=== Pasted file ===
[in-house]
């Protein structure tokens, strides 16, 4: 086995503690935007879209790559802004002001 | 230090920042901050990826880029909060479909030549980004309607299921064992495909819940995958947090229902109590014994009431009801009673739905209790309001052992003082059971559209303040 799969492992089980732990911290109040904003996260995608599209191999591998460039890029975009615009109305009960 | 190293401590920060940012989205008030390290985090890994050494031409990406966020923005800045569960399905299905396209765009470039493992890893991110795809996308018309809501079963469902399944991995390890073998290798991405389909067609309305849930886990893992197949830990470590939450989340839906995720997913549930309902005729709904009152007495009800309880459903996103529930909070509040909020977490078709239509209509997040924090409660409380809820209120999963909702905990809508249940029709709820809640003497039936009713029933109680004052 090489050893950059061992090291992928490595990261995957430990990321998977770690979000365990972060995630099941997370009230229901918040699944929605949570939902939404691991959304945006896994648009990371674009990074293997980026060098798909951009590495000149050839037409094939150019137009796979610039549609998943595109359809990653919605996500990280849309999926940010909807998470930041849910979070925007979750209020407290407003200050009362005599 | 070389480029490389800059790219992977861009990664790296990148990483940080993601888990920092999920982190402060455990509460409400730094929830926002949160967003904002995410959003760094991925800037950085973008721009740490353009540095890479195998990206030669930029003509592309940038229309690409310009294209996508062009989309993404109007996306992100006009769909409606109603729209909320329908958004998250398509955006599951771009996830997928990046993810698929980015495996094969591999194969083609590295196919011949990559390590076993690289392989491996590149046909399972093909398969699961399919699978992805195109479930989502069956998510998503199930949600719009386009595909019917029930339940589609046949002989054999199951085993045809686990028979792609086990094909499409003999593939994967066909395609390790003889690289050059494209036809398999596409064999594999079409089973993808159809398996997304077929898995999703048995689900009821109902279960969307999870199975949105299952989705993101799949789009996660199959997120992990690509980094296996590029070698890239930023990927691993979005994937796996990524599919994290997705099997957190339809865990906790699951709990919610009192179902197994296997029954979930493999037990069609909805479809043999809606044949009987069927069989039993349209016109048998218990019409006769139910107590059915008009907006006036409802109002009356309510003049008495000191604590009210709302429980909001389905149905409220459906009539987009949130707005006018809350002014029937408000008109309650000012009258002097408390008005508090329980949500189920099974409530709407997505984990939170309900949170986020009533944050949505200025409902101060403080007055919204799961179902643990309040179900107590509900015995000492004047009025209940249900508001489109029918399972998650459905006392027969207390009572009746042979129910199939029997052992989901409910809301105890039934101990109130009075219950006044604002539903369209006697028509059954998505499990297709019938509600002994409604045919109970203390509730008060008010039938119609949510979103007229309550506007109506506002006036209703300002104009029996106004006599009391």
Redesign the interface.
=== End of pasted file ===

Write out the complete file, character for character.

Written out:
[in-house]
């Protein structure tokens, strides 16, 4: 086995503690935007879209790559802004002001 | 230090920042901050990826880029909060479909030549980004309607299921064992495909819940995958947090229902109590014994009431009801009673739905209790309001052992003082059971559209303040 799969492992089980732990911290109040904003996260995608599209191999591998460039890029975009615009109305009960 | 190293401590920060940012989205008030390290985090890994050494031409990406966020923005800045569960399905299905396209765009470039493992890893991110795809996308018309809501079963469902399944991995390890073998290798991405389909067609309305849930886990893992197949830990470590939450989340839906995720997913549930309902005729709904009152007495009800309880459903996103529930909070509040909020977490078709239509209509997040924090409660409380809820209120999963909702905990809508249940029709709820809640003497039936009713029933109680004052 090489050893950059061992090291992928490595990261995957430990990321998977770690979000365990972060995630099941997370009230229901918040699944929605949570939902939404691991959304945006896994648009990371674009990074293997980026060098798909951009590495000149050839037409094939150019137009796979610039549609998943595109359809990653919605996500990280849309999926940010909807998470930041849910979070925007979750209020407290407003200050009362005599 | 070389480029490389800059790219992977861009990664790296990148990483940080993601888990920092999920982190402060455990509460409400730094929830926002949160967003904002995410959003760094991925800037950085973008721009740490353009540095890479195998990206030669930029003509592309940038229309690409310009294209996508062009989309993404109007996306992100006009769909409606109603729209909320329908958004998250398509955006599951771009996830997928990046993810698929980015495996094969591999194969083609590295196919011949990559390590076993690289392989491996590149046909399972093909398969699961399919699978992805195109479930989502069956998510998503199930949600719009386009595909019917029930339940589609046949002989054999199951085993045809686990028979792609086990094909499409003999593939994967066909395609390790003889690289050059494209036809398999596409064999594999079409089973993808159809398996997304077929898995999703048995689900009821109902279960969307999870199975949105299952989705993101799949789009996660199959997120992990690509980094296996590029070698890239930023990927691993979005994937796996990524599919994290997705099997957190339809865990906790699951709990919610009192179902197994296997029954979930493999037990069609909805479809043999809606044949009987069927069989039993349209016109048998218990019409006769139910107590059915008009907006006036409802109002009356309510003049008495000191604590009210709302429980909001389905149905409220459906009539987009949130707005006018809350002014029937408000008109309650000012009258002097408390008005508090329980949500189920099974409530709407997505984990939170309900949170986020009533944050949505200025409902101060403080007055919204799961179902643990309040179900107590509900015995000492004047009025209940249900508001489109029918399972998650459905006392027969207390009572009746042979129910199939029997052992989901409910809301105890039934101990109130009075219950006044604002539903369209006697028509059954998505499990297709019938509600002994409604045919109970203390509730008060008010039938119609949510979103007229309550506007109506506002006036209703300002104009029996106004006599009391």
Redesign the interface.